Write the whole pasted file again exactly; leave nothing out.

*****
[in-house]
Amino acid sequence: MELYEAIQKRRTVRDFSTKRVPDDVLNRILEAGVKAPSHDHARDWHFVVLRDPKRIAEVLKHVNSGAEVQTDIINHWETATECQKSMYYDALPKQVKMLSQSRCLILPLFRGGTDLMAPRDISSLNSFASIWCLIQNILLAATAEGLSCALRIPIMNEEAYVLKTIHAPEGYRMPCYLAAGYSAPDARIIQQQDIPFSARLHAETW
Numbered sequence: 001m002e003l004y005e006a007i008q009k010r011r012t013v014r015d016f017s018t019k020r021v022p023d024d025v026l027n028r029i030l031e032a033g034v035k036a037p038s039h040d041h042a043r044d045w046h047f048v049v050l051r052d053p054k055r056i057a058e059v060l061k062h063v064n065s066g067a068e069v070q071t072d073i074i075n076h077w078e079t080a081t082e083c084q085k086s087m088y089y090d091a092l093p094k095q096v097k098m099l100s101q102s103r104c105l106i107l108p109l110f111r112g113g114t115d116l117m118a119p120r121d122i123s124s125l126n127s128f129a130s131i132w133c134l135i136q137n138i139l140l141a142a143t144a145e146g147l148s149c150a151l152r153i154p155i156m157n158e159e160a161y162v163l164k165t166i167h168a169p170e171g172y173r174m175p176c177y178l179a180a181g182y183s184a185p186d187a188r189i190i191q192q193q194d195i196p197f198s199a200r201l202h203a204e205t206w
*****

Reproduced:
[in-house]
Amino acid sequence: MELYEAIQKRRTVRDFSTKRVPDDVLNRILEAGVKAPSHDHARDWHFVVLRDPKRIAEVLKHVNSGAEVQTDIINHWETATECQKSMYYDALPKQVKMLSQSRCLILPLFRGGTDLMAPRDISSLNSFASIWCLIQNILLAATAEGLSCALRIPIMNEEAYVLKTIHAPEGYRMPCYLAAGYSAPDARIIQQQDIPFSARLHAETW
Numbered sequence: 001m002e003l004y005e006a007i008q009k010r011r012t013v014r015d016f017s018t019k020r021v022p023d024d025v026l027n028r029i030l031e032a033g034v035k036a037p038s039h040d041h042a043r044d045w046h047f048v049v050l051r052d053p054k055r056i057a058e059v060l061k062h063v064n065s066g067a068e069v070q071t072d073i074i075n076h077w078e079t080a081t082e083c084q085k086s087m088y089y090d091a092l093p094k095q096v097k098m099l100s101q102s103r104c105l106i107l108p109l110f111r112g113g114t115d116l117m118a119p120r121d122i123s124s125l126n127s128f129a130s131i132w133c134l135i136q137n138i139l140l141a142a143t144a145e146g147l148s149c150a151l152r153i154p155i156m157n158e159e160a161y162v163l164k165t166i167h168a169p170e171g172y173r174m175p176c177y178l179a180a181g182y183s184a185p186d187a188r189i190i191q192q193q194d195i196p197f198s199a200r201l202h203a204e205t206w